Latin America has emerged at the vanguard of efforts to promote debate on drug policy reform. For decades, Latin American governments largely followed the drug control policies and programs of Washington’s so-called war on drugs. Yet two parallel trends have resulted in a dramatic change in course: the emergence of left-wing governments that have challenged Washington’s historic patterns of unilateralism and interventionism and growing frustration with the failure of the prohibitionist drug control model put forward by the US government.
This Friday, May 17, in Bogotá, Colombia, Organization of American States (OAS) Secretary General José Miguel Insulza will present Colombian President Juan Manuel Santos with the outcomes of the hemispheric drug policy review that was mandated by the heads of state at the 2012 Summit of the Americas in Cartagena.
On May 17, 2013, the Secretary General of the Organisation of American States (OAS), José Miguel Insulza, met with Colombian President Juan Manuel Santos to share the results of the hemispheric review of drug policies. This task was entrusted to him by the Heads of States of the Americas at the Sixth Americas Summit held in April 2012 in Cartagena, Colombia.
This year’s annual General Assembly meeting of the Organization of American States (OAS), which brings together the hemisphere’s foreign ministers, marked a milestone in the Latin American drug policy debate. For the first time, the drug policy issue was the primary theme of a hemispheric meeting and, in a closed-door meeting of the foreign ministers, a process was laid out for continuing the discussion, culminating in a Special Session of the General Assembly to be held in 2014.
In April 2012, most of the hemisphere’s presidents gathered at the Summit of the Americas in Cartagena, Colombia and held a closed-door meeting where drug policy was the only topic discussed. Following that meeting, Colombian President Juan Manuel Santos announced that the Organisation of American States (OAS) was being tasked to analyse the results of hemispheric drug policies and to “explore new approaches to strengthen this struggle and become more effective”. Thus began a one year process led by OAS Secretary General José Miguel Insulza, with the support of OAS staff from the Secretariat for Multidimensional Security and the Inter-American Drug Abuse Control Commission (CICAD), as well as a range of independent experts.
At the root of the drug policy debate in Latin America is growing recognition that present policies have failed to achieve the desired objectives, the extremely high costs of implementing those policies paid by Latin American countries, and the need to place higher priority on reducing unacceptably high levels of violence. Of particular concern is the spread of organized crime and the resulting violence, corruption and erosion of democratic institutions.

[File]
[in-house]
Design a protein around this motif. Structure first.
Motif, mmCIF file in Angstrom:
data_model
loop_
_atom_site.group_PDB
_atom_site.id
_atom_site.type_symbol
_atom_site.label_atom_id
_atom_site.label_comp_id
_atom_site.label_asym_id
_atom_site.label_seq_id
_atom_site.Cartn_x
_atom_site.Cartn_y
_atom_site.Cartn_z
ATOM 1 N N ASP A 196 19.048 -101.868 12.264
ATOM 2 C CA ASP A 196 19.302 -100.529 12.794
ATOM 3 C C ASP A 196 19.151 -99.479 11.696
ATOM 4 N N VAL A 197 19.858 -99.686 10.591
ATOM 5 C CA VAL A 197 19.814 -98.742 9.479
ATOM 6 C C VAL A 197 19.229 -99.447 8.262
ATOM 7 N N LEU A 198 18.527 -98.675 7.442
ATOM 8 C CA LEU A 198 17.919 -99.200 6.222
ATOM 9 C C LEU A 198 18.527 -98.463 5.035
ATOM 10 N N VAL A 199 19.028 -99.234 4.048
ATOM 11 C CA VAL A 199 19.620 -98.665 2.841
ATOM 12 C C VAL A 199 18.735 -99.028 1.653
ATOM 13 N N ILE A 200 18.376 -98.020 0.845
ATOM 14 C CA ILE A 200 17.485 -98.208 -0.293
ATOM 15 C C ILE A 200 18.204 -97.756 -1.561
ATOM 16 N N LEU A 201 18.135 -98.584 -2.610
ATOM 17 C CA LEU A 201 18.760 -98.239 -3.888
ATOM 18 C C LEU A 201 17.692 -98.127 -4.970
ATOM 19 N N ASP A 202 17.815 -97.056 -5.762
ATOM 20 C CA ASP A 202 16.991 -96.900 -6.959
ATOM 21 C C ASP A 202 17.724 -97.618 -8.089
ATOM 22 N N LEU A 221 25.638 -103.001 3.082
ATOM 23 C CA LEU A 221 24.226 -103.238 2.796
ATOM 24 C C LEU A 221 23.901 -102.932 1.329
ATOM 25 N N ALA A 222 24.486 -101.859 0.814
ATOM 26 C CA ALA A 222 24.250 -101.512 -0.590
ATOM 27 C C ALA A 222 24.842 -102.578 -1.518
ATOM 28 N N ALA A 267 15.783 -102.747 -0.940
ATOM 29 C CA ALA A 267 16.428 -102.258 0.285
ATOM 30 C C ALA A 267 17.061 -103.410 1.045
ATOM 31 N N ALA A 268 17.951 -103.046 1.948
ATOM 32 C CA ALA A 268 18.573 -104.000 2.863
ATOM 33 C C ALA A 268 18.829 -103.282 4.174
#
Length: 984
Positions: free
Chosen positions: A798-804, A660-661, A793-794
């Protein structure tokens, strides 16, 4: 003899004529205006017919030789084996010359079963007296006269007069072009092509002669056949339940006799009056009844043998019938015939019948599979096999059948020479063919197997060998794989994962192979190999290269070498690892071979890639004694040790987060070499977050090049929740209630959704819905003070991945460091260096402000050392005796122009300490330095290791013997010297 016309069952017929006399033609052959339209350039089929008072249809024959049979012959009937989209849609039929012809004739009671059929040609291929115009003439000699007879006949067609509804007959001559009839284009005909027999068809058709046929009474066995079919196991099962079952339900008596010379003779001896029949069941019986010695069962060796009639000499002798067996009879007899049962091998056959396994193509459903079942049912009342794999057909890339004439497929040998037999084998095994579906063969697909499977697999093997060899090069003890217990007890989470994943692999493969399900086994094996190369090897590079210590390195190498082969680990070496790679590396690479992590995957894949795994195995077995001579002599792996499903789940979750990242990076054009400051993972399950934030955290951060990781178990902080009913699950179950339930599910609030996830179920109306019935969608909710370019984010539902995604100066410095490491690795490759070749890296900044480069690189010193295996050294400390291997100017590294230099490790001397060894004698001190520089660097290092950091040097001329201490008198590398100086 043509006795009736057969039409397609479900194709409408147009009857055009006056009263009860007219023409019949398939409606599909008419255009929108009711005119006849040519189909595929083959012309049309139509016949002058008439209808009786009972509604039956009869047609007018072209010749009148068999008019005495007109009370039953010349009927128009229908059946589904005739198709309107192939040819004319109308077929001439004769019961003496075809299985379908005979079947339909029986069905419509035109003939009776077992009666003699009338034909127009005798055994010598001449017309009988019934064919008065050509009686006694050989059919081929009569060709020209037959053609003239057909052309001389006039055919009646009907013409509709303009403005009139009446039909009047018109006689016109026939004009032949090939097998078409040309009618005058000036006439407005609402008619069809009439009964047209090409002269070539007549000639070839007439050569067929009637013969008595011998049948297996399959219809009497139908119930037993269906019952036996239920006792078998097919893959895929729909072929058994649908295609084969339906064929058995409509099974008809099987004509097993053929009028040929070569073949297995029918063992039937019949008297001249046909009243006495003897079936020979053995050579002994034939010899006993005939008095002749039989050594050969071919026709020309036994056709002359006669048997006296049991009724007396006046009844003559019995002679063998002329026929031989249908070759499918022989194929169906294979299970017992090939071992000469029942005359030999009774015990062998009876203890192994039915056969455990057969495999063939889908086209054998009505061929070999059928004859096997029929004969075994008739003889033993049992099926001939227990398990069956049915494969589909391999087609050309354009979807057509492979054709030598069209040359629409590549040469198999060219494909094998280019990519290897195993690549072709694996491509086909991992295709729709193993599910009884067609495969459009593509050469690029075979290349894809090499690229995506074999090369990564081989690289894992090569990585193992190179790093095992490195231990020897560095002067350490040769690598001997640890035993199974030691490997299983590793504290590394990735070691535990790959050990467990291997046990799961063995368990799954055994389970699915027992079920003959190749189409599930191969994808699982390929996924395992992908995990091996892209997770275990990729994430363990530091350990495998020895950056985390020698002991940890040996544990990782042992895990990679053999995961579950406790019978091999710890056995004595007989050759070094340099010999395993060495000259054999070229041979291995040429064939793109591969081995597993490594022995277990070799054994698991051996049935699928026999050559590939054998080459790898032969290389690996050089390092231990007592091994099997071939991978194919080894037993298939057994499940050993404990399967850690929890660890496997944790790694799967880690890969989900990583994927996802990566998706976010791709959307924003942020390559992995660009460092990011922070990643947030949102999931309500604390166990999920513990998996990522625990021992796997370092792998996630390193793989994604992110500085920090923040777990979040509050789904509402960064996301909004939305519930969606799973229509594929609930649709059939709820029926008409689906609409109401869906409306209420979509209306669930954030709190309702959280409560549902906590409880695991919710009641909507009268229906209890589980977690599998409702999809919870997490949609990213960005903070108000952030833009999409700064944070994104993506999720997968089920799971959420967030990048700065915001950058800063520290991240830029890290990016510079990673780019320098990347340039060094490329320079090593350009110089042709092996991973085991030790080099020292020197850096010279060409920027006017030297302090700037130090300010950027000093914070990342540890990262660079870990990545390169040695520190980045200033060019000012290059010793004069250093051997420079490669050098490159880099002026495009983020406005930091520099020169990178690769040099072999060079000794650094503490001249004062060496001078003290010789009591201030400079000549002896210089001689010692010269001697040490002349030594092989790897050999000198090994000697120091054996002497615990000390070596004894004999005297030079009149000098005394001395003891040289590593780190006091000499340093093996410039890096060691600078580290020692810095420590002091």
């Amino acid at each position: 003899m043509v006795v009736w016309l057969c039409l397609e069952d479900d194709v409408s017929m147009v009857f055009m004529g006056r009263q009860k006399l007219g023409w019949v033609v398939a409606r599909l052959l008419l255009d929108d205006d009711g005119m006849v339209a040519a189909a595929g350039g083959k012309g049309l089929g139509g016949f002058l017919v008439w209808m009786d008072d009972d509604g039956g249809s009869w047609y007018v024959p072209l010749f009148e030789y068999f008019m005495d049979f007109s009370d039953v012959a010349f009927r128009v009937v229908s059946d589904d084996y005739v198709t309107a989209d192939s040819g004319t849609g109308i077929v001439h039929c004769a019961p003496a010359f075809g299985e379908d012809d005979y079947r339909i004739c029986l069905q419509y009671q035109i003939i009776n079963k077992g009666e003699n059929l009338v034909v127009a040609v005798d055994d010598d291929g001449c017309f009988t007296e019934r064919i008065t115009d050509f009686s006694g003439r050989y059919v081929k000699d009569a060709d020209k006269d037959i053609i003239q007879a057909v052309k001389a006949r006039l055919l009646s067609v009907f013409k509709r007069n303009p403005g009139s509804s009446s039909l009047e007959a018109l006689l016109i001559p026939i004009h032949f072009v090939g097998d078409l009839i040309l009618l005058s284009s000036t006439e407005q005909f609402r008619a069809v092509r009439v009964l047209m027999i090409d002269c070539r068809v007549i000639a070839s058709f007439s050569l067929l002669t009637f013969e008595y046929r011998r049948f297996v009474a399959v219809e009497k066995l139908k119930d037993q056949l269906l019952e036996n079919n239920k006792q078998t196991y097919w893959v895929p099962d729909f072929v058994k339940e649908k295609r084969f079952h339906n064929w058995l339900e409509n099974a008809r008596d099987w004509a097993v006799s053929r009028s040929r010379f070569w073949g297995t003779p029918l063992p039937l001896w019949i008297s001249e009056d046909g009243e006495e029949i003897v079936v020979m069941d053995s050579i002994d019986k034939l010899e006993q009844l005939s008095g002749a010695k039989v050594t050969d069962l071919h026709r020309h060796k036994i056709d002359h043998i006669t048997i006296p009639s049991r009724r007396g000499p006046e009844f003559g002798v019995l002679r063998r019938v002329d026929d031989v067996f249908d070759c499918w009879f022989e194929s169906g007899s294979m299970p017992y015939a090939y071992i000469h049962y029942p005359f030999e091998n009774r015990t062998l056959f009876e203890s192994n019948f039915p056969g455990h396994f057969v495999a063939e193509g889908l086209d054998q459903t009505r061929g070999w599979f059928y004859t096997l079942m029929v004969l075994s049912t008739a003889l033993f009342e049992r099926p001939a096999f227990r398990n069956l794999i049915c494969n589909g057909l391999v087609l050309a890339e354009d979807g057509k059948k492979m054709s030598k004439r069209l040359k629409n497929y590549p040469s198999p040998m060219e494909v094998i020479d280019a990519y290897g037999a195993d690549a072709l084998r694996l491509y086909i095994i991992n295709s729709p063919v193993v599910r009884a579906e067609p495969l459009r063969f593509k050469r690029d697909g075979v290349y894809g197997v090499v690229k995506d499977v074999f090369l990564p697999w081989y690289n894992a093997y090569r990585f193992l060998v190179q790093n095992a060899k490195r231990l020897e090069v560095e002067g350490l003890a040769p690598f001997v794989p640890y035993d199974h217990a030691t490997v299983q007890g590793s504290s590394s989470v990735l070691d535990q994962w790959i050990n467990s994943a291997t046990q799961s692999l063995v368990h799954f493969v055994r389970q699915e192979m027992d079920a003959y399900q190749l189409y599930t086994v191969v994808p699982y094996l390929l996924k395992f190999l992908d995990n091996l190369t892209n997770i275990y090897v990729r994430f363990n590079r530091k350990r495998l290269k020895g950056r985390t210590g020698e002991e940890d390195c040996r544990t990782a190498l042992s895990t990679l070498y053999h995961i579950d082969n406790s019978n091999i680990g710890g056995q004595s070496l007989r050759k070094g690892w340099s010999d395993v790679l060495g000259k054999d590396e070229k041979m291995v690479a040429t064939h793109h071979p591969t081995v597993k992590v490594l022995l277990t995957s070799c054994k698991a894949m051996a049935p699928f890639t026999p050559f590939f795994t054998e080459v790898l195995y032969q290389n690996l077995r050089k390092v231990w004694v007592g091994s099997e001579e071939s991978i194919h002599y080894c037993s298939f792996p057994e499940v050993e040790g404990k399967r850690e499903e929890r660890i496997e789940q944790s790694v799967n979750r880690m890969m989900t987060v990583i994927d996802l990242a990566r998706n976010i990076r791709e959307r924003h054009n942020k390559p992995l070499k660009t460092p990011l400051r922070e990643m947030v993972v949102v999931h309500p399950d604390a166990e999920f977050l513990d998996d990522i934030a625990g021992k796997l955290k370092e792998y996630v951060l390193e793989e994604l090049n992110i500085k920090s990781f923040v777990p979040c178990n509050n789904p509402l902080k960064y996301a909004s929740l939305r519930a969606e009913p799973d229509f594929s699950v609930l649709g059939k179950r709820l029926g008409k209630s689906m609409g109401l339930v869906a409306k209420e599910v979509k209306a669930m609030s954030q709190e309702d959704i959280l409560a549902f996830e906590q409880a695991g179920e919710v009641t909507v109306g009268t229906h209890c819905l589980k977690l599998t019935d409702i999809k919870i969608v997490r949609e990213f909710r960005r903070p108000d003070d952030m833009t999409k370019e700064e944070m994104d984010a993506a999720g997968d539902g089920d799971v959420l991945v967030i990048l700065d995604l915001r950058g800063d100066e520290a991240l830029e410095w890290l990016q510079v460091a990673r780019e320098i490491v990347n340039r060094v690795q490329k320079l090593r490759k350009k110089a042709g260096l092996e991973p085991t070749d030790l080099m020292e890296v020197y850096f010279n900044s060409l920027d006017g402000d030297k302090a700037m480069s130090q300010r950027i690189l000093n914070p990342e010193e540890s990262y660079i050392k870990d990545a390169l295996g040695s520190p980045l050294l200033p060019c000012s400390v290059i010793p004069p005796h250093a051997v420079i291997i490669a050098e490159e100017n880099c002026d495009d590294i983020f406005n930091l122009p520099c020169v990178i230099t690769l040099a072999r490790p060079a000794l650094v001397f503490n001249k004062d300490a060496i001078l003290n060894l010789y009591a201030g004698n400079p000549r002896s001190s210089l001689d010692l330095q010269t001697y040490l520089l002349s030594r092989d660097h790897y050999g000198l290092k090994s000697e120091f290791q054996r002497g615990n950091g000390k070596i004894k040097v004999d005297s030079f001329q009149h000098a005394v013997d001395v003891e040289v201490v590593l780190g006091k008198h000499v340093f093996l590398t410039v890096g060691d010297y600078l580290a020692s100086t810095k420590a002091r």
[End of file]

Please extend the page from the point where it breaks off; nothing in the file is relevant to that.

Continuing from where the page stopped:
We, the undersigned human rights organizations, address you on this Fourth Meeting of Ministers Responsible for Public Security (MISPA) to follow up on the call upon governments to revise the orientation of drug policies that are being implemented in the Americas. This request for the governments took place during the 43rd Session of the OAS General Assembly which took place last June.
"Latin American countries can take the lead in ensuring that national, regional, and ultimately international drug control policies are carried out in accordance with respect for the human rights of people who use drugs and affected communities more broadly." Coletta Youngers
Latin America is now at the vanguard of international efforts to promote drug policy reform: Bolivia has rewritten its constitution to recognize the right to use the coca leaf for traditional and legal purposes, Uruguay has become the first nation in the world to adopt a legal, regulated Cannabis market, and Colombia, Mexico, Guatemala, and Ecuador are openly critiquing the prevailing international drug control paradigm at the UN. And now with the United States itself relaxing its marijuana laws state by state, the U.S. prohibitionist drug war strategies are losing credibility in the region.
In this edition, the 5th Latin American and 1st Central American Conference on Drug Policy aims to be a platform for discussion and elaboration of solution-oriented proposals. The production and use of drugs is a complex phenomenon, with multiple manifestations according to the historical moment, cultural environment, economic model, the particular circumstances of a country, the different significances assigned by subjects, as well as the actual differences between substances. Nevertheless, it is reduced and homogenized as the “drug problem”, as if it was a uniform, unhistorical phenomenon.